Was Deep Sea the engaging setting?

Over the past few days Amnesty’s press phones have been hot. Calls for interviews and comment about the release of Aung San Suu Kyi came thick and fast on Friday and Saturday.   The release of the Chandlers sparked a few calls for us on Sunday.  Then on Monday and yesterday early morning, we were busy responding to the compensation payout to Guantanamo detainees.  Then at about 10.30am yesterday – our phones suddenly went very quiet.

It would seem that journalists don’t consider Amnesty to be a relevant commentator on the story which is dominating the papers’ front pages (excluding the Independent!) and blanketing the coverage of news channels.  

Well I beg to differ, we’re bursting to comment on The Royal Engagement! But since no one has, as yet, come to us for our view, we’ll offer it now.

In the official interview about The Royal Engagement, William mentioned on several occasions that his proposal was particularly romantic as he dropped the knee (one presumes!) to offer Queenship to Kate in Kenya.  However – aside from his levels of romance – details of the proposal are pretty sketchy.  It’s not clear where exactly he proposed in Kenya. After all, Kenya’s a large place. 

I suppose most of us would think of a safari game reserve, or one of Kenya’s beautiful beaches as being the most likely setting for Will to pull out the sapphire and diamond ring from his backpack.  Less likely a setting perhaps is the slums of Kibera, or the Deep Sea informal ‘settlement’.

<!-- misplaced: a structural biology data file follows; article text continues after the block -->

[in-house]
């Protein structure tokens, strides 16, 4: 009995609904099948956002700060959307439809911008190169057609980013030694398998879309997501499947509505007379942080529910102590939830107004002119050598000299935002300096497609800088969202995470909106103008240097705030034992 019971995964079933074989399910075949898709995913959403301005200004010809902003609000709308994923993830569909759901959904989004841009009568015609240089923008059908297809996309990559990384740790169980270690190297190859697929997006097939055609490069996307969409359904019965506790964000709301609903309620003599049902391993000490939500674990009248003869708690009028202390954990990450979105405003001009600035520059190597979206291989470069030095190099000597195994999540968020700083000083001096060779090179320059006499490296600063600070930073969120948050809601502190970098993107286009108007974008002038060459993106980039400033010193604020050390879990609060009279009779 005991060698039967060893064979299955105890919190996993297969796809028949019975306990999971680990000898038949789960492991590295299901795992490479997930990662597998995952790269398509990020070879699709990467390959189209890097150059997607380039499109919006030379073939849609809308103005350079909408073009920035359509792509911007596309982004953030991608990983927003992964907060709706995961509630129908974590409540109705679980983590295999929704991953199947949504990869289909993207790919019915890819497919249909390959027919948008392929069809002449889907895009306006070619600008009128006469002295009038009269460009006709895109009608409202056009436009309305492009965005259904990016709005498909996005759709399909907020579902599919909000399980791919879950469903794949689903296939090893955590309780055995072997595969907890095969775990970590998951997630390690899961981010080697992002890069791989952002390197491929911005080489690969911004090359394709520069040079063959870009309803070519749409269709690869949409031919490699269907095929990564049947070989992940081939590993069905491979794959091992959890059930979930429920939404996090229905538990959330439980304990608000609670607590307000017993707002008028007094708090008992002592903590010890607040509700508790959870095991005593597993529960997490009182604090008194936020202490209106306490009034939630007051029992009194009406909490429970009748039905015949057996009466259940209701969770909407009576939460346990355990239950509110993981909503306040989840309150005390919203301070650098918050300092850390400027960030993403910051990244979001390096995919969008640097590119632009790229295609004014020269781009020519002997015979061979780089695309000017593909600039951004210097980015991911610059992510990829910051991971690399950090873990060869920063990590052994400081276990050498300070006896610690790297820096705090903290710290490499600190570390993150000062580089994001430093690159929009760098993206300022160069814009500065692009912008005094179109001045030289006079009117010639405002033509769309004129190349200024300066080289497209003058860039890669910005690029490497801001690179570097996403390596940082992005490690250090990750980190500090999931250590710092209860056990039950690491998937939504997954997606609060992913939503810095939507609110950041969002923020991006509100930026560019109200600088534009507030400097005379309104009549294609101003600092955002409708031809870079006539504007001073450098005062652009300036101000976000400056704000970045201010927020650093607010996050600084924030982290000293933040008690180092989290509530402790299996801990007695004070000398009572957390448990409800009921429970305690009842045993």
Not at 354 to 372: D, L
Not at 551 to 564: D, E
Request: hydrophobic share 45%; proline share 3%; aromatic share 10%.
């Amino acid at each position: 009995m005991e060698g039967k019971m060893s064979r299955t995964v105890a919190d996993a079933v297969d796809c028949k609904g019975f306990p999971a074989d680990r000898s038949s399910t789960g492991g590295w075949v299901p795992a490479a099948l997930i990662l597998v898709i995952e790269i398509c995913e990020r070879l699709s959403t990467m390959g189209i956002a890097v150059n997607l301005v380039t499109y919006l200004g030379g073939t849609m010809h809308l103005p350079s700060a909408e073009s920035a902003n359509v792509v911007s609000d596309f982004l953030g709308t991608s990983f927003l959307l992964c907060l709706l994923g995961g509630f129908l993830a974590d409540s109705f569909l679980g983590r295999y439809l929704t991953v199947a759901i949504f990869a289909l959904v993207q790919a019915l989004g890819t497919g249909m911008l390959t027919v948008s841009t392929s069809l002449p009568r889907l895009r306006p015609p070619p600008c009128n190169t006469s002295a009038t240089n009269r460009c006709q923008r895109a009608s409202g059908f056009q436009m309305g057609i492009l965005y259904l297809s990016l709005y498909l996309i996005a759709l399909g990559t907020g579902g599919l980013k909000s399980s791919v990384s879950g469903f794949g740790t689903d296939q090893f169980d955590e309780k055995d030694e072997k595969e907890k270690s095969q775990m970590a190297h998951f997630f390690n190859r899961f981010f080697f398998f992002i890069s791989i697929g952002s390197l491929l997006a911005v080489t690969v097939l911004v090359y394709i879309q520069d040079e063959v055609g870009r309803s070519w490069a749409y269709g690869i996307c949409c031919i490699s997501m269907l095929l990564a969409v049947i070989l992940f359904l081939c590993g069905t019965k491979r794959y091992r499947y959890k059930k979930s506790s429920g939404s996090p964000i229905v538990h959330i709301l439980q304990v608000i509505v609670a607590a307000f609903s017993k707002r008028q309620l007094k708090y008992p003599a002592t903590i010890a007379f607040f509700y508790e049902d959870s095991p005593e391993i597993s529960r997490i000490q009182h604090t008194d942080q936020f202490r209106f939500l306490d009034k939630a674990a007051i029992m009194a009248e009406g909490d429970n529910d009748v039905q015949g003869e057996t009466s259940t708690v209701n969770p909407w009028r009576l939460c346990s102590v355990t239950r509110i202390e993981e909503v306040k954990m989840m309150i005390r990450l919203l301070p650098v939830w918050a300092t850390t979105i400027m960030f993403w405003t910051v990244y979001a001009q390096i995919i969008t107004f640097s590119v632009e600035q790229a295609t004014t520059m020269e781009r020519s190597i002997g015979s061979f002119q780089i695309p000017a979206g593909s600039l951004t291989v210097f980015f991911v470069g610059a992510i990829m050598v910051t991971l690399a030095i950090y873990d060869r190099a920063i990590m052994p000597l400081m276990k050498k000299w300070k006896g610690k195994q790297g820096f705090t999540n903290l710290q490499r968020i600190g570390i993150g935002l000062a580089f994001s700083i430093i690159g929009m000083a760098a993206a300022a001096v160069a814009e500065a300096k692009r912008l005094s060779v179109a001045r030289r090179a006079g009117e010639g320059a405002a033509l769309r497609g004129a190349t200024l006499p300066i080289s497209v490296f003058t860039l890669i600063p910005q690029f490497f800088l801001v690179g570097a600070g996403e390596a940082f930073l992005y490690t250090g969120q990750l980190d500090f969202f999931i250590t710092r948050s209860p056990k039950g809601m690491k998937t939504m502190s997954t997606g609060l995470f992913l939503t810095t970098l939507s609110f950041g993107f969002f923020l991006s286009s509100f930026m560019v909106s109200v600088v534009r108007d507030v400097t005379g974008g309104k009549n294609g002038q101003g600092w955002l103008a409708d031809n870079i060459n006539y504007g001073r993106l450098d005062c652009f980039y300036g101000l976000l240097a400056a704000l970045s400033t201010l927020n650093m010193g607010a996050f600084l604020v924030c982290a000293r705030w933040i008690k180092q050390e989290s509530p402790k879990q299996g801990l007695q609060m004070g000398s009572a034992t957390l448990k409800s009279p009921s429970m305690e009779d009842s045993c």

These settlements are less likely to spring to mind because they are the parts of Kenya which the Kenyan authorities desperately try to ignore and obscure. But they are also parts of the country which have some of the most vibrant, d1etermined and courageous communities in the land. Men, women and children who live in cramped conditions, where clean drinking water is scarce, education for children is a struggle and the threat of being forced from their homes is an everyday threat – a threat which for some has become a horrid reality.

Hundreds of thousands of Kenyans face the bitter reality of having little time to gather their possession as they are given a few hours to leave their homes in these informal settlements so the authorities can demolish their homes.  The process of forced evictions is a brutal and common reality not only in Kenya but in several countries in Nigeria.

On Saturday hundreds of Amnesty activists took part in a candlelight vigil to call for a stop to forced evictions in Kenya.  Drums were beaten, candles were lit and voices were raised in Shoreditch, East London,  as hundreds stood in solidarity with the thousands of people who face this threat of forced evictions in Kenya.

The Githogoro community was the focus on Saturday. There people have already had their homes demolished but there are several other villages and settlements where the threat of eviction looms. The Deep Sea Village is one of those communities and they feature in Amnesty International’s Greetings Card Campaign this year. 

Somehow I doubt that Wills and Kate visited the Deep Sea village – or any informal settlement on that particular trip, but if the happy couple have some time in between planning their table setting (although the Times seems to have solved that problem for them with their own version) or colour palette, then they could send a greetings card to express their solidarity to the residents of the Deep Sea this year.  I’m sure they would appreciate being part of the Royal experience.   For more information visit www.amnesty.org.uk/gcc

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Our blogs are written by Amnesty International staff, volunteers and other interested individuals, to encourage debate around human rights issues. They do not necessarily represent the views of Amnesty International.
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